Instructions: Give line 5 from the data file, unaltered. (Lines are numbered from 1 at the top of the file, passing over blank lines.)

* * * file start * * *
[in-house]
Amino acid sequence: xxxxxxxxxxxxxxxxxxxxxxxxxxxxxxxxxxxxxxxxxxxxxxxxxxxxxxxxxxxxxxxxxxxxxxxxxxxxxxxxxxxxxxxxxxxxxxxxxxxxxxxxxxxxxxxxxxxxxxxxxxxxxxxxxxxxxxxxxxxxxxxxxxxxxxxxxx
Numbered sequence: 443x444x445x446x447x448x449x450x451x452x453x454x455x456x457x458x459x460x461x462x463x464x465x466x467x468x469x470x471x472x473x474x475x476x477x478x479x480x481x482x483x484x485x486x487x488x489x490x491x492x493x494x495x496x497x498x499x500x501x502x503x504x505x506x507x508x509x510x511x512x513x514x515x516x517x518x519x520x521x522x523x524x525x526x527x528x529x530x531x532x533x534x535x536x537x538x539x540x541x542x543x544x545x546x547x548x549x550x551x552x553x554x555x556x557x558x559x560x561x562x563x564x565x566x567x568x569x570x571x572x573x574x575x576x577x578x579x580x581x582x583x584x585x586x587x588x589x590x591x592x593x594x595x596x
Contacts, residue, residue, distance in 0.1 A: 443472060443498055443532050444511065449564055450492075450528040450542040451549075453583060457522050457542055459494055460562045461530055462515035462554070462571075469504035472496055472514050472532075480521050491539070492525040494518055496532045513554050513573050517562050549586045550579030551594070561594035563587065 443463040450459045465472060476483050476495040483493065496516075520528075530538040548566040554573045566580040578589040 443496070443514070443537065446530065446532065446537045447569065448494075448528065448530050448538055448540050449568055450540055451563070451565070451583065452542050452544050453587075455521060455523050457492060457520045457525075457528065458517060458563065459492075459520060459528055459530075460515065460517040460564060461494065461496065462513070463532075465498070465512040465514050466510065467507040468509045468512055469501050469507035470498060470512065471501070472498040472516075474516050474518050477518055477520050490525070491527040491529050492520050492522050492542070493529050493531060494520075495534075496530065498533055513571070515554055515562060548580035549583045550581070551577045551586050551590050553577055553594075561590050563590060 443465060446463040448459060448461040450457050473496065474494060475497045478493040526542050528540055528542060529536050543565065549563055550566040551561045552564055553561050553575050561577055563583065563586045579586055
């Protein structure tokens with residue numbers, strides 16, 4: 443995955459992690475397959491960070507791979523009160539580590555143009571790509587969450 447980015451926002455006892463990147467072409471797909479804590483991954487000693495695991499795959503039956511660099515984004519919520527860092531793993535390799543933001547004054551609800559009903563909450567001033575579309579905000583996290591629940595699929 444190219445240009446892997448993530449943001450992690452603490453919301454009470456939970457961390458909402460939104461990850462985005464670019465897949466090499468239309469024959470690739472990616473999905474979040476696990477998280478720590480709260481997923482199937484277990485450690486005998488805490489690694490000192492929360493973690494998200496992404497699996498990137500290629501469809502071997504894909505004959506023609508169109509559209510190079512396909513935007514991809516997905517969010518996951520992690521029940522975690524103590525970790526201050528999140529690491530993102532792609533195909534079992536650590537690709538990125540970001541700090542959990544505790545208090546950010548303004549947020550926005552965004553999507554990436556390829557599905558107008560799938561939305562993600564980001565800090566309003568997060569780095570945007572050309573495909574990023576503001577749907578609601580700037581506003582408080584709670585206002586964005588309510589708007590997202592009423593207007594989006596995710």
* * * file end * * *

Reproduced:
């Protein structure tokens with residue numbers, strides 16, 4: 443995955459992690475397959491960070507791979523009160539580590555143009571790509587969450 447980015451926002455006892463990147467072409471797909479804590483991954487000693495695991499795959503039956511660099515984004519919520527860092531793993535390799543933001547004054551609800559009903563909450567001033575579309579905000583996290591629940595699929 444190219445240009446892997448993530449943001450992690452603490453919301454009470456939970457961390458909402460939104461990850462985005464670019465897949466090499468239309469024959470690739472990616473999905474979040476696990477998280478720590480709260481997923482199937484277990485450690486005998488805490489690694490000192492929360493973690494998200496992404497699996498990137500290629501469809502071997504894909505004959506023609508169109509559209510190079512396909513935007514991809516997905517969010518996951520992690521029940522975690524103590525970790526201050528999140529690491530993102532792609533195909534079992536650590537690709538990125540970001541700090542959990544505790545208090546950010548303004549947020550926005552965004553999507554990436556390829557599905558107008560799938561939305562993600564980001565800090566309003568997060569780095570945007572050309573495909574990023576503001577749907578609601580700037581506003582408080584709670585206002586964005588309510589708007590997202592009423593207007594989006596995710």